Israel's Netanyahu Calls on World to Change or Cancel Iran Deal

  • Says deal has emboldened Iran to flex its power in Middle East
  • Address makes scant mention of peace with the Palestinians

Trump Says Iran Nuclear Deal Is 'Embarrassment' to U.S.

Israeli Prime Minister Benjamin Netanyahu called on the world to change or cancel a nuclear deal with Iran, just hours after President Donald Trump called the agreement “an embarrassment to the United States.”

Netanyahu, who praised Trump’s speech earlier on Tuesday to the United Nations General Assembly as “courageous," singled out the deal’s so-called “sunset clause” -- which phases out the most significant restrictions on Iran over time -- as the most problematic aspect of the accord. He added that Iran must face severe sanctions for its ballistic missile program and should be prevented from extending its influence in Syria.

“The greater danger is not that Iran will rush to a single bomb by breaking the deal, but that Iran will be able to build many bombs by keeping the deal,” Netanyahu said in his UN General Assembly speech in New York. Denouncing Iran’s threats to destroy Israel, he added that “Israel will defend itself with the full force of our arms and the full power of our convictions.”

After eight years of clashing with former U.S. President Barack Obama over Iran and the Palestinians, Netanyahu thanked Trump effusively for his support for Israel. Trump has so far done little to pressure Israel vis-a-vis the Palestinians and, just before the two men met Monday, the U.S. president hinted he is considering pulling out of the Iran deal.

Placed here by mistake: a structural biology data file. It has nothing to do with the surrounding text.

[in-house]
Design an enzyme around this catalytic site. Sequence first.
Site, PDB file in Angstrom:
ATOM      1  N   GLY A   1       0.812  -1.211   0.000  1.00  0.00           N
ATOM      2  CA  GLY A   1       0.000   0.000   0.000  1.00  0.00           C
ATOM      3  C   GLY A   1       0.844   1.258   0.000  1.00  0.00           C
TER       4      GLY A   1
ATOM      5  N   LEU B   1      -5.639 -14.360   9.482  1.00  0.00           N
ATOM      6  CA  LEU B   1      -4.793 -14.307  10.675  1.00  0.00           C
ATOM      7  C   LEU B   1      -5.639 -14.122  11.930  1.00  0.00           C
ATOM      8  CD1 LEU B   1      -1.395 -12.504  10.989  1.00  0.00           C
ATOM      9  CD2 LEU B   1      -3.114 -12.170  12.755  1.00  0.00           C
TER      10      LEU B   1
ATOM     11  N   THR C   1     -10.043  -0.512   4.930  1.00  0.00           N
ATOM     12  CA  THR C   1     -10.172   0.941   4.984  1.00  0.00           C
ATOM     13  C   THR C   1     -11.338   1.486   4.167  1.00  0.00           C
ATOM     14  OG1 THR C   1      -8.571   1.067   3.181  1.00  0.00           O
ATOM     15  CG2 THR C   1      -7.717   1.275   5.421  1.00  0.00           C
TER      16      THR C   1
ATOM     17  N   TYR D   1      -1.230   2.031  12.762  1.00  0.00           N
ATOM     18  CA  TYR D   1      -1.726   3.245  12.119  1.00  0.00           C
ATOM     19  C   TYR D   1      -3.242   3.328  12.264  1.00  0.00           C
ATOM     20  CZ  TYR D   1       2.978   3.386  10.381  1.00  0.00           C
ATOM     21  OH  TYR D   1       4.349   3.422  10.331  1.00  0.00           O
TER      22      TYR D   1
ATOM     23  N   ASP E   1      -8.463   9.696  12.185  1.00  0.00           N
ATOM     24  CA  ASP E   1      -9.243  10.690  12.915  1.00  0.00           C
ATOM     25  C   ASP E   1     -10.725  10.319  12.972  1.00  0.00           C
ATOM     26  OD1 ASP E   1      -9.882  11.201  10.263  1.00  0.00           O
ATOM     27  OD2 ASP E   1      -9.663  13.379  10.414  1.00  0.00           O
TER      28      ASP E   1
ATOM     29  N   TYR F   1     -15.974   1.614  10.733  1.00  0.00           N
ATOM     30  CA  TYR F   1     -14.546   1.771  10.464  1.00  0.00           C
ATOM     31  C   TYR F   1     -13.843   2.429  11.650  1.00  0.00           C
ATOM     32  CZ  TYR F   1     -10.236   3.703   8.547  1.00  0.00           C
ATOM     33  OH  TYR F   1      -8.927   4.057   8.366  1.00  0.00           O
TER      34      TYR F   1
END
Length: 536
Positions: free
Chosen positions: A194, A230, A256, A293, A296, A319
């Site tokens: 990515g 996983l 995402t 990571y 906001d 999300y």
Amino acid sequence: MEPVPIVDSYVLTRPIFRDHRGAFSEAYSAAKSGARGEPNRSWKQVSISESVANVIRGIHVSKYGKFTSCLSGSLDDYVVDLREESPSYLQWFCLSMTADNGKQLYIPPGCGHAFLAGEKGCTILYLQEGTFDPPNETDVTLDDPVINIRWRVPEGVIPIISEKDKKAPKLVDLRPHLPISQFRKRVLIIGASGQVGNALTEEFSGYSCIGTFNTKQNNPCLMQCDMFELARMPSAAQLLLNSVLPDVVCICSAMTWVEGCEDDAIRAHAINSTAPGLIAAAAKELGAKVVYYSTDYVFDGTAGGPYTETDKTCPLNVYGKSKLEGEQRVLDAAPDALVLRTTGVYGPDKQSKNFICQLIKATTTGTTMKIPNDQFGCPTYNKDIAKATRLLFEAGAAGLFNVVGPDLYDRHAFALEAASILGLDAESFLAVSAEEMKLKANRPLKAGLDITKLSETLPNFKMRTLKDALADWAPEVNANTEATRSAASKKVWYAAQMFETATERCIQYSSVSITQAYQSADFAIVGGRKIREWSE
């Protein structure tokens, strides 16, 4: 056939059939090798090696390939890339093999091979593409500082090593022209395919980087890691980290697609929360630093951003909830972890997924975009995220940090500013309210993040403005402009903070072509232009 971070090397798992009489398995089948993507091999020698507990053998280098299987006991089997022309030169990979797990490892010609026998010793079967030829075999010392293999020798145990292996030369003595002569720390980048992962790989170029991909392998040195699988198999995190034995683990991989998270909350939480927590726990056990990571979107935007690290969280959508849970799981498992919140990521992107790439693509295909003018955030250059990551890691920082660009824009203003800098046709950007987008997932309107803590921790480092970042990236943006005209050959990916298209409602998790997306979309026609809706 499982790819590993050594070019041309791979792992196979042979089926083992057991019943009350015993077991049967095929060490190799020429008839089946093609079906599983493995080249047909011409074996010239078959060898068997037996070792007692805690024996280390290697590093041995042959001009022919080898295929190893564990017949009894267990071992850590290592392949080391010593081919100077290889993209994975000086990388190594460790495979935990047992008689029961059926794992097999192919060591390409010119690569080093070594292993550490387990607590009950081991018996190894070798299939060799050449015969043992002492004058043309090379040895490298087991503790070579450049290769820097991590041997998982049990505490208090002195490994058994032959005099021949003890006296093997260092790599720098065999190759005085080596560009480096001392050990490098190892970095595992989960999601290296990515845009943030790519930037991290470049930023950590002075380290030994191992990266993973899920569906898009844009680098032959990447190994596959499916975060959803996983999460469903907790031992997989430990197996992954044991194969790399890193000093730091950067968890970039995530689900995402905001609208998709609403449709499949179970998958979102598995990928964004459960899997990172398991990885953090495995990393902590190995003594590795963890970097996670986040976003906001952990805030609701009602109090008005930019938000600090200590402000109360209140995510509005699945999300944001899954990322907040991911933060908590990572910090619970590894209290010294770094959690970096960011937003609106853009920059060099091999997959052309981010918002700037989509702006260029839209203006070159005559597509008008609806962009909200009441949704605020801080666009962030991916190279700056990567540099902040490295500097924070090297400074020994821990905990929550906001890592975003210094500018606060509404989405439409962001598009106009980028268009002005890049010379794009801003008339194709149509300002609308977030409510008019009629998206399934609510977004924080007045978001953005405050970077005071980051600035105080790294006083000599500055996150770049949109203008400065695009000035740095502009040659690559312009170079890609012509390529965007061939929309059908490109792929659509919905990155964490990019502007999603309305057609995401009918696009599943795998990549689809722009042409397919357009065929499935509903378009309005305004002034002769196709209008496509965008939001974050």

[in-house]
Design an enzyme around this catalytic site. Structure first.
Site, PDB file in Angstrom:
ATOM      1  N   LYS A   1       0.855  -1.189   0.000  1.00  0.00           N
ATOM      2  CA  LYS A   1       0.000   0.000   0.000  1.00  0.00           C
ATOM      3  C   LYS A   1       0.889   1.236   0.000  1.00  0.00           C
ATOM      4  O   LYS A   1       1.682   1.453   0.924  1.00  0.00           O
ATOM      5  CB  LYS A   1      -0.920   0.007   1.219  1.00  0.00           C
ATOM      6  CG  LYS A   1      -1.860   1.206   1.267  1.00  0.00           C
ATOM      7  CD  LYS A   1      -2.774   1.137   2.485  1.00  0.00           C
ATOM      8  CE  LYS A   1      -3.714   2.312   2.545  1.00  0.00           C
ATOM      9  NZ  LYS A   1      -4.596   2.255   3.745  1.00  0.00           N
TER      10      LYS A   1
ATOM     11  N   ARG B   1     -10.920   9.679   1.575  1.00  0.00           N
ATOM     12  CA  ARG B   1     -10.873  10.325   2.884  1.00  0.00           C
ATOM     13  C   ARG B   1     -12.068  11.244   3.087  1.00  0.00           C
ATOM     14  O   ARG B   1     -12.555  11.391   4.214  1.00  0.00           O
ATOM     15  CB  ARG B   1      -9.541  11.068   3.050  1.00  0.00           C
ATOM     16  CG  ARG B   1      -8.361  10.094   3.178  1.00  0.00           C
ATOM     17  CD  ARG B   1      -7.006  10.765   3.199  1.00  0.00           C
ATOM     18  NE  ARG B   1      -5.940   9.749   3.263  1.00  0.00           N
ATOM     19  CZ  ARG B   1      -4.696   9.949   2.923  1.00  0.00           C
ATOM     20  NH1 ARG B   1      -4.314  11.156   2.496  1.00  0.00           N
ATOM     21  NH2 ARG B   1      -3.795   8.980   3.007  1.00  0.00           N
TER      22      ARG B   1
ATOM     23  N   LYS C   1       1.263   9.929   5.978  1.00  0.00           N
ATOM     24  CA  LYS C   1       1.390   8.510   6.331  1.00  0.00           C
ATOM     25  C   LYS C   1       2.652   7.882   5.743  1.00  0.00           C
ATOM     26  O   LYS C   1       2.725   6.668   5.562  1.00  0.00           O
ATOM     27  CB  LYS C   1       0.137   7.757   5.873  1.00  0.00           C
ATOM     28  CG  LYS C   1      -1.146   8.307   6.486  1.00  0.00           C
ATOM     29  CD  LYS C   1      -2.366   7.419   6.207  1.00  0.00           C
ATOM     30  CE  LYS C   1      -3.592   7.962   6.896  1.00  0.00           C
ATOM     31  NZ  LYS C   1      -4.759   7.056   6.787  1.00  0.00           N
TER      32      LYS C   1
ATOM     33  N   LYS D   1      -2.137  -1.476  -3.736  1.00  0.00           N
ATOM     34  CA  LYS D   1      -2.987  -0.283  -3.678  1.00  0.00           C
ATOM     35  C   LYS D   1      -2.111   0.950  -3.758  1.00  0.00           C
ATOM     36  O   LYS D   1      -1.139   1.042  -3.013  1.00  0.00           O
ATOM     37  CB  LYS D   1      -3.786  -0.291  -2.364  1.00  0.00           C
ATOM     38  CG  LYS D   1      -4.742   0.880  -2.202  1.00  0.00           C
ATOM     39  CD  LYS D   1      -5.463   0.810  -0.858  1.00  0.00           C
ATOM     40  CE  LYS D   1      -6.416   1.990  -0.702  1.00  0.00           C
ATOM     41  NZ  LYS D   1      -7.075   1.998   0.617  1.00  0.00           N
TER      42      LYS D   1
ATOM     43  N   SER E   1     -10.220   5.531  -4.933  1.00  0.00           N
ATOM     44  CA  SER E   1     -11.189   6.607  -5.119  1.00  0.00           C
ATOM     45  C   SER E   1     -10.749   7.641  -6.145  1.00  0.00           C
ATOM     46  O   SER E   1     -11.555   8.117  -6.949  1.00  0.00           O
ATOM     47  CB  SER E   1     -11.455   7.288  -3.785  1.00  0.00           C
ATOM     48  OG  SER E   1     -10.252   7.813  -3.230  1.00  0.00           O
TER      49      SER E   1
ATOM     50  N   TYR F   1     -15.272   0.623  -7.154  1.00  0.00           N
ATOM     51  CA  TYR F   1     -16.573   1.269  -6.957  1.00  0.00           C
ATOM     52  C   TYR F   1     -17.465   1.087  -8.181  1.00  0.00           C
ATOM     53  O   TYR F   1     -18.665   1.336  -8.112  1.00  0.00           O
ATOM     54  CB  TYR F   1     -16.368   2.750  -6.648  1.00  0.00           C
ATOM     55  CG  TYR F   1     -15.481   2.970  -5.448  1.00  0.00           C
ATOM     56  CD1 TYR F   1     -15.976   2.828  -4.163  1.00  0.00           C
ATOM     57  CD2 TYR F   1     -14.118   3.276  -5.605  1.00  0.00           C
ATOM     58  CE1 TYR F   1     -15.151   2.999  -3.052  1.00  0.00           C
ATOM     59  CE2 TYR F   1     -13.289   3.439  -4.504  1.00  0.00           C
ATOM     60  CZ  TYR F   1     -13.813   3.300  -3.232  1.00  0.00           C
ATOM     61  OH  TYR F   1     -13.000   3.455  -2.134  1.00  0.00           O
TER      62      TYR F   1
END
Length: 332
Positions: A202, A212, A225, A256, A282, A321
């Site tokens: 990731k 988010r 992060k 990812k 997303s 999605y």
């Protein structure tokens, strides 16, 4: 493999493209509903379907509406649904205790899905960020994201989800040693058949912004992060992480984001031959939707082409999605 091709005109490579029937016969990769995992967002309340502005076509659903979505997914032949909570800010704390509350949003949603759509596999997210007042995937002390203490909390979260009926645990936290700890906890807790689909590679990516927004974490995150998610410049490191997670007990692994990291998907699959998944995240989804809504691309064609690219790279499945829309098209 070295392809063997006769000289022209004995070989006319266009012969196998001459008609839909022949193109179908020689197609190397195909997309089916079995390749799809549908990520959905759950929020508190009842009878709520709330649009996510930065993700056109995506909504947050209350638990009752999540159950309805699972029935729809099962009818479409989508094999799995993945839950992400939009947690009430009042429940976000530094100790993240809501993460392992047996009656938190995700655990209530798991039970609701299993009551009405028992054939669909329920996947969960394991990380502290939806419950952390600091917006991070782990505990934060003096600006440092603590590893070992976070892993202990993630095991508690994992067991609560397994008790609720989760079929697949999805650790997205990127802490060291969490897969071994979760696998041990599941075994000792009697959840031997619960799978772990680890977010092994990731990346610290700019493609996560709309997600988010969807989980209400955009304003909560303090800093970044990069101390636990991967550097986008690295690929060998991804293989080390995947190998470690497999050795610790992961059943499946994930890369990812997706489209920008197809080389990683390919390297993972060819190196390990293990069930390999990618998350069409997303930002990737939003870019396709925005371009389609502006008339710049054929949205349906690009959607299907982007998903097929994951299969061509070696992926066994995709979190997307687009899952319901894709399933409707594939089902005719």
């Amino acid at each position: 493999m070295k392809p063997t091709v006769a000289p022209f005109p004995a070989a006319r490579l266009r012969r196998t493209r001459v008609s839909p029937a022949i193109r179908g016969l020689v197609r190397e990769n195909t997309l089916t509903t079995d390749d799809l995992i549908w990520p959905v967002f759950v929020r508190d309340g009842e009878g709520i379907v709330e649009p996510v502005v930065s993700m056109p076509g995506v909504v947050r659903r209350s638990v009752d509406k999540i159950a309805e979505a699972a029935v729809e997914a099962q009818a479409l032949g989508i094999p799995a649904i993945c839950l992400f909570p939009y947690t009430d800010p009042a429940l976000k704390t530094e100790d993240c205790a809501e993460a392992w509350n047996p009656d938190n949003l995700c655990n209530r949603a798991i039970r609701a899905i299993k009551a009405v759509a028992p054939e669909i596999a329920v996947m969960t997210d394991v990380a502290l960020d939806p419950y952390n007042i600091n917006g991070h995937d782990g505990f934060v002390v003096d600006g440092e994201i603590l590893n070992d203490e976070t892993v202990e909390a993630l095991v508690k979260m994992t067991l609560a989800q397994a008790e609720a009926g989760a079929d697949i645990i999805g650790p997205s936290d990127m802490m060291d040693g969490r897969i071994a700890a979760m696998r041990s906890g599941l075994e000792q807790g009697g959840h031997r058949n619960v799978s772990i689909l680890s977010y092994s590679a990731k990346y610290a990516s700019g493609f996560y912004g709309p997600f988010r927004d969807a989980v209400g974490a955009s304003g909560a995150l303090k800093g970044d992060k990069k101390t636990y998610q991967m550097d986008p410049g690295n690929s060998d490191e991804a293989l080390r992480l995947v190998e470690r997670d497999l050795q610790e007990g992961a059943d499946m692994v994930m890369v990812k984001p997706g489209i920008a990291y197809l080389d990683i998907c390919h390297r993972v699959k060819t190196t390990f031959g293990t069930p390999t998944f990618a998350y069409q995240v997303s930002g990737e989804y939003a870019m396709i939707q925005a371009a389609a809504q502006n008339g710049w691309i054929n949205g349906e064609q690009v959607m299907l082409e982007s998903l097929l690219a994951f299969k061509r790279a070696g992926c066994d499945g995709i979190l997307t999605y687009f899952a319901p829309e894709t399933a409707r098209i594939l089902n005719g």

‘No Fiercer Enemy’

Netanyahu has acknowledged in the past that Israel has taken action to stop the transfer of advanced weapons from Syria to Hezbollah in Lebanon. Israel accuses Iran of leading the effort to build up Hezbollah’s capabilities both in Lebanon and Syria in order to threaten Israel with sophisticated weaponry. On Tuesday Netanyahu warned Iran against such efforts, saying Israel will act to prevent Iran from establishing military bases in Syria and from “opening new fronts against Israel along our northern border.”

“As long as Iran’s regime seeks the destruction of Israel, Iran will face no fiercer enemy than Israel,” Netanyahu said.

In his speech, Netanyahu also noted growing outreach to the Jewish state from many countries over the past recent year, saying they’re attracted by Israel’s prowess in key emerging industries like cybersecurity, autonomous vehicles and water technology. He criticized UN agencies that routinely pass anti-Israel resolutions, but said that even at the international body attitudes toward Israel are beginning to change. Israel is bidding for its first-ever seat on the UN Security Council, though it’s in a three-way race with Germany and Belgium for two available seats next year.

Noteworthy in Netanyahu’s speech was the scant emphasis he gave to peace efforts with the Palestinians. He said only that Israel is committed to achieving peace with all its Arab neighbors, "including the Palestinians," and says he discussed the matter "at great length" with Trump when they met on Monday. Palestinian Authority President Mahmoud Abbas is to address the General Assembly on Wednesday.

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